The Championship has become renowned as a perennial breeding ground for developing rugby stars of the future. In the case of Exeter Chiefs and Bristol Bears, clubs that are now regular diners at the top table of domestic competition in this country, they built the foundations for their recent success in the second tier, writes Gareth Davies.
This, it appears, could now be a thing of the past as storm clouds bigger than those brought by Ciara or Dennis blew over the competition on Tuesday.
Uncertainty for the Championship is nothing new as perpetual talk of ring-fencing the top tier by abolishing promotion and relegation never seems far away.
It could be argued, in fact, that the Premiership becoming a closed shop has happened already given the huge parachute payments given to relegated Premiership clubs. Sadly, that will be a subject revisited on another day, because ring-fencing is more a case of when rather than if.
That really will hammer the death nail into Championship rugby although events of this week have seen the competition slide even closer to the edge.
Despite all the good that a thriving – for the most part – second tier competition does, this has been conveniently forgotten by the erstwhile bean counters at the RFU. It was announced, to shock, dismay and anger on Tuesday, via e-mail, just hours before the clubs met to discuss funding, that it would be cut from £530,000 to £288,000 – a reduction of almost 50 per cent.
As the week has rumbled on, each club has taken its turn to condemn the actions of the RFU and the incredibly contradictory comments made by their chief executive Bill Sweeney.
Understandably, those with the biggest outgoings and ambitions of grandest nature were those most dismayed. None more so than here in the West Country in Penzance where the Cornish Pirates, a club that 25 years ago were wallowing around in Western Counties and a financial mess, who have benefited from substantial investment from Kenyan-based businessman Dicky Evans, headed the queue of discontent.
Despite Evans’ continual financial support, the Pirates, pictured, are now left with a gaping hole of close to £250,000 in their budget for next season. The club’s emphatic stance when speaking to The Indy this week that they will stay professional and honour all contracts, but Evans’ pockets are only so deep.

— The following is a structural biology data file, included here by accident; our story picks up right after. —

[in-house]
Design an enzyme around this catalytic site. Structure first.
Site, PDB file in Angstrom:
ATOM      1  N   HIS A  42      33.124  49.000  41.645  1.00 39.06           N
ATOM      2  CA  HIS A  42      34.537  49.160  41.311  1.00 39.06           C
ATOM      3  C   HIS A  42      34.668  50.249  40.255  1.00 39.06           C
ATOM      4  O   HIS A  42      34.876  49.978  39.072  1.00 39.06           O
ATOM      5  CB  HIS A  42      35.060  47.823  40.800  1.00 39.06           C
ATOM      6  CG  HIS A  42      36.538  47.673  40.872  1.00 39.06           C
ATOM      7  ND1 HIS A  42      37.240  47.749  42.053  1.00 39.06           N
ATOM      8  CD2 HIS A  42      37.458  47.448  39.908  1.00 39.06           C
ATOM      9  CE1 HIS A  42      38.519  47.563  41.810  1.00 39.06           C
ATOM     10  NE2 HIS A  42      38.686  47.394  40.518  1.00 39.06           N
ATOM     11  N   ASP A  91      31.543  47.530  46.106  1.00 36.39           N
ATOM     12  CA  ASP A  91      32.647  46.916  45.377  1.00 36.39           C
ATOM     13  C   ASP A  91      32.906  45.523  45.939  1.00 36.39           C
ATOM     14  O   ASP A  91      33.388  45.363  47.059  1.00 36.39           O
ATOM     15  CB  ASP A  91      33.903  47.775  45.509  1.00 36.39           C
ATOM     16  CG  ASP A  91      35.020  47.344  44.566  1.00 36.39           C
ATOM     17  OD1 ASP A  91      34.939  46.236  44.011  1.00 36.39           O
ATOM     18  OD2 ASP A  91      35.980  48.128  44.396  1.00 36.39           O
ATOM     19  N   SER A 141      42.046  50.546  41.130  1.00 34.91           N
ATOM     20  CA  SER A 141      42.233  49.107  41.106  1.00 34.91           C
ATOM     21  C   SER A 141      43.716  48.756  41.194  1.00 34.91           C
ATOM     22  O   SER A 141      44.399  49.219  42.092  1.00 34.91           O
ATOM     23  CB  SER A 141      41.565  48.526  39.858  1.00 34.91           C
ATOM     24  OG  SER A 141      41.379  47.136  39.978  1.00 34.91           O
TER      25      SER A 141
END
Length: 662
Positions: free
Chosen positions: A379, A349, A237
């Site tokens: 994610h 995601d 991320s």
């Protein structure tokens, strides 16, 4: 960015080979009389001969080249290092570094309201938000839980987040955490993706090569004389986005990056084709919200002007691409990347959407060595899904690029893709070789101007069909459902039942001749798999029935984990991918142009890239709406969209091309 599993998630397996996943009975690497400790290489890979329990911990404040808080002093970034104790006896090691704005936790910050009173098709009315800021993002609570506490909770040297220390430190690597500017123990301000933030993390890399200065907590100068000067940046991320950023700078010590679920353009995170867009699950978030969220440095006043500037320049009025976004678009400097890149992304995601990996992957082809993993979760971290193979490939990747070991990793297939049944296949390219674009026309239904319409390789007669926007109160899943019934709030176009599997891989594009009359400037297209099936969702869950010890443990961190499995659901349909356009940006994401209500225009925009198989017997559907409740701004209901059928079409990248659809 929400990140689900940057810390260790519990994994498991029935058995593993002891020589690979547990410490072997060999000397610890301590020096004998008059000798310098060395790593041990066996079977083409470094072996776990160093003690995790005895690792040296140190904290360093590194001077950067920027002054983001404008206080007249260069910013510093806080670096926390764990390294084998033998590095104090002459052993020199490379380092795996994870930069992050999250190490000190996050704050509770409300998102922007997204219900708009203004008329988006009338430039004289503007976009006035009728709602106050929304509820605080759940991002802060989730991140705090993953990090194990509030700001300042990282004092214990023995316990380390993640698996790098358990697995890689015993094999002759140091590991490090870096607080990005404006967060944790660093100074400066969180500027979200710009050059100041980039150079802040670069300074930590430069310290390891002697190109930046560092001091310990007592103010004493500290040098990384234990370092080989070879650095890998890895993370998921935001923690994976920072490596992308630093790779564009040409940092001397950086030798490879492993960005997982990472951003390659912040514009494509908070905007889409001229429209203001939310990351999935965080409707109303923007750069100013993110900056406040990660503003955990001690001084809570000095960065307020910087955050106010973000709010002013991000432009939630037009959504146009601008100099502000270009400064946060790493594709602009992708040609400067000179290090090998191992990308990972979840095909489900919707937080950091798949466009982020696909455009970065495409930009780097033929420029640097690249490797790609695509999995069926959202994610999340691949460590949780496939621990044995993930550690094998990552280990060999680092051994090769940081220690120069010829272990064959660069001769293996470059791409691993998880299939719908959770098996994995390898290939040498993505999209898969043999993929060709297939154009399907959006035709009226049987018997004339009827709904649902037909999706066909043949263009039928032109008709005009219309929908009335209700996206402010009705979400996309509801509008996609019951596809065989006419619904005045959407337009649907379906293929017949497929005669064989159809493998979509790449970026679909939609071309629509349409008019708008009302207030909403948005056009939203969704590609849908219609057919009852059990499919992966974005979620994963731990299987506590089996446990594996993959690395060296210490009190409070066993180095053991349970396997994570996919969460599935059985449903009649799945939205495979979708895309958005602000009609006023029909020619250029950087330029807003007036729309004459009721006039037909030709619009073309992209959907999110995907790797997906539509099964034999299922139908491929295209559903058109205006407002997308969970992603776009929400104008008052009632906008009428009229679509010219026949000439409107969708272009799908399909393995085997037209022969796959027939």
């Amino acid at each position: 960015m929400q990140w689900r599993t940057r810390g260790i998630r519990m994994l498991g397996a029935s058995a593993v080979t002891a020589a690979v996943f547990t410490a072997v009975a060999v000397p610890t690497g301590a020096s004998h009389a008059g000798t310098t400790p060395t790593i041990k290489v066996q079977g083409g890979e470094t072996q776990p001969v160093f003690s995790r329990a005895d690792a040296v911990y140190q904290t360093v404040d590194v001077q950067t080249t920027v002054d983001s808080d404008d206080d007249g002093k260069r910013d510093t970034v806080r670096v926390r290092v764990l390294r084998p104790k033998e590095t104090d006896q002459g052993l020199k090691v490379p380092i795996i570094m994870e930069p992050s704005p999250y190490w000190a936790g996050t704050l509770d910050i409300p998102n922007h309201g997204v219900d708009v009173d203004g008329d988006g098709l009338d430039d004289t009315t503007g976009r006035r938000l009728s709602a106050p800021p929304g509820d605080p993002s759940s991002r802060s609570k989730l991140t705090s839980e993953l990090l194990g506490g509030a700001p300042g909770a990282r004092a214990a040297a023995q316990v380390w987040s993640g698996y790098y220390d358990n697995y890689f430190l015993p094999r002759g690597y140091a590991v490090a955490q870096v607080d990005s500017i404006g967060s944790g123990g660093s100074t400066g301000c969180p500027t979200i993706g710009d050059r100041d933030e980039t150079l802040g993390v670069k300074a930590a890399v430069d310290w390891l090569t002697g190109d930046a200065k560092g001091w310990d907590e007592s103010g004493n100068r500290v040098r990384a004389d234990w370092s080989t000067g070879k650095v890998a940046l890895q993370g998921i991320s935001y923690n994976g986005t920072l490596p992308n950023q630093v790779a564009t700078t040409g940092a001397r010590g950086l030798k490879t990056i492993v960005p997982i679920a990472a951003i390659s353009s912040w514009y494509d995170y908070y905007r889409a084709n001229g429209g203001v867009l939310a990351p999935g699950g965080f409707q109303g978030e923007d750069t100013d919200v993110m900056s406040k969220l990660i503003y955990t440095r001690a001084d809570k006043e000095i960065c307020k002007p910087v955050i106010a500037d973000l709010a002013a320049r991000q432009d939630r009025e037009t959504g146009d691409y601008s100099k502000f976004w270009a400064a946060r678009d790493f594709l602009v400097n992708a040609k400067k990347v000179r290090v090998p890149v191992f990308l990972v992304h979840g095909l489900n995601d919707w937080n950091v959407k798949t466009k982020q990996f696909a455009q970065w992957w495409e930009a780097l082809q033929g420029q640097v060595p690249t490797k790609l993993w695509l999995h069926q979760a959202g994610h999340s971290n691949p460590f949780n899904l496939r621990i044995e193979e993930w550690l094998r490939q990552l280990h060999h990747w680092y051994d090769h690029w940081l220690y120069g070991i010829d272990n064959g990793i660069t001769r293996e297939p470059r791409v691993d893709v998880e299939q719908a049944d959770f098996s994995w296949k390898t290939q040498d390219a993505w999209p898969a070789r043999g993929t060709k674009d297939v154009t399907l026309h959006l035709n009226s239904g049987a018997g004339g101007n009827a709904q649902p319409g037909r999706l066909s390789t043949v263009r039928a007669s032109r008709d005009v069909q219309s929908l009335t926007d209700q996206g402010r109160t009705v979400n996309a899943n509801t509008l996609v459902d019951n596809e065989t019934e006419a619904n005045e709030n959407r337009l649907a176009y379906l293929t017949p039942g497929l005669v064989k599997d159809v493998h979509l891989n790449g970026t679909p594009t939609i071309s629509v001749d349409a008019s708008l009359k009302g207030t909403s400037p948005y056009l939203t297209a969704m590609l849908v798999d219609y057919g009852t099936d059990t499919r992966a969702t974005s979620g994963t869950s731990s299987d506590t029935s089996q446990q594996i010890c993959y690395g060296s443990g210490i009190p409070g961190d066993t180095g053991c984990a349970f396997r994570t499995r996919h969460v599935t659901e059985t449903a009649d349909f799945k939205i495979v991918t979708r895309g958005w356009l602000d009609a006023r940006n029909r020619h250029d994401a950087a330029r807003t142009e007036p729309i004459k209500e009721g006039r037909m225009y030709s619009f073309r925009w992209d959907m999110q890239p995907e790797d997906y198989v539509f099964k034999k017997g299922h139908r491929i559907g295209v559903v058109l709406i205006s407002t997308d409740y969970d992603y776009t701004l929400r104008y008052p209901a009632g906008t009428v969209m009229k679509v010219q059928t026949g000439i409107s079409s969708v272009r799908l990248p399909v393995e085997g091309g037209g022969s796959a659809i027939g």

Cuts, you would imagine, will be made in other areas and it will surely impact the ambition of the Pirates emulating their Devon neighbours Exeter Chiefs in breaking the Premiership’s imaginary glass celling. Bristol, backed by the wealth of Steve Lansdown broke through two years ago, the first since Exeter did a decade ago.
The next side to follow suit may have to wait a lot longer, if another ever gets to the promised land at all. It has cost Evans a considerable amount to get the Pirates even this far, with the only crumb of comfort meaning he is unlikely to throw the towel in now.
The RFU in their brief, but far reaching statement, with quotes attributed to Sweeney, said that a drop of £200,000, for clubs like Pirates and Ealing Trailfinders, in their pursuit of a Premiership place, wouldn’t be a ‘deciding factor’ for those with ambitions
It said: “Ultimately the difference in the levels of funding between the current agreement and our new commitment will not be the deciding factor for clubs with aspirations for promotion and will always require additional investment.
“The gateway is still open for clubs to get into the Premiership if they have the necessary financial resources and meet the minimum standards required.”
While Sweeney’s soundbites may be true to a certain extent, the cuts are a little harder to stomach for those who relied massively on central funding such as Nottingham or London Scottish.
It is also an incredibly naive view for the RFU to counter any misgivings at their decisions based on the wealth of certain clubs, that should still absolve the cuts.
Overall, the Championship has been left in a precarious position by the governing body, the guardians of the game who, unlike the Premiership, have complete control over the second tier.
What happens next is possibly the 50 million dollar question and it would be a huge surprise if some clubs were now forced to go part time.
Playing standards would certainly drop and the gap between Championship and Premiership, which has been increasing with every passing year, would quickly inflate to a colossal level.
Sending up and coming youngsters to the Championship could therefore now become a fruitless exercise.
Whereas sending a young, fresh faced Jack Nowell to play in the Championship to ready him for a Premiership career and beyond was absolutely the right thing to do a decade ago, that may not be the case for much longer.
When the previous funding deal was agreed in 2016, with plenty of money swilling round in the RFU’s coffers after a successful World Cup, there was much talk about creating a proper pathway to the Premiership for players, coaches and every facet of the game.
That it appears to have been abandoned in favour of drastic belt tightening which has been dressed up as a failure to meet certain targets – something the Pirates and every other club have disputed. The clubs’ decision on the long-term future for themselves and the competition will be both intriguing and history defining, but this sorry mess reaffirms the belief that the RFU don’t care about rugby beyond elite level.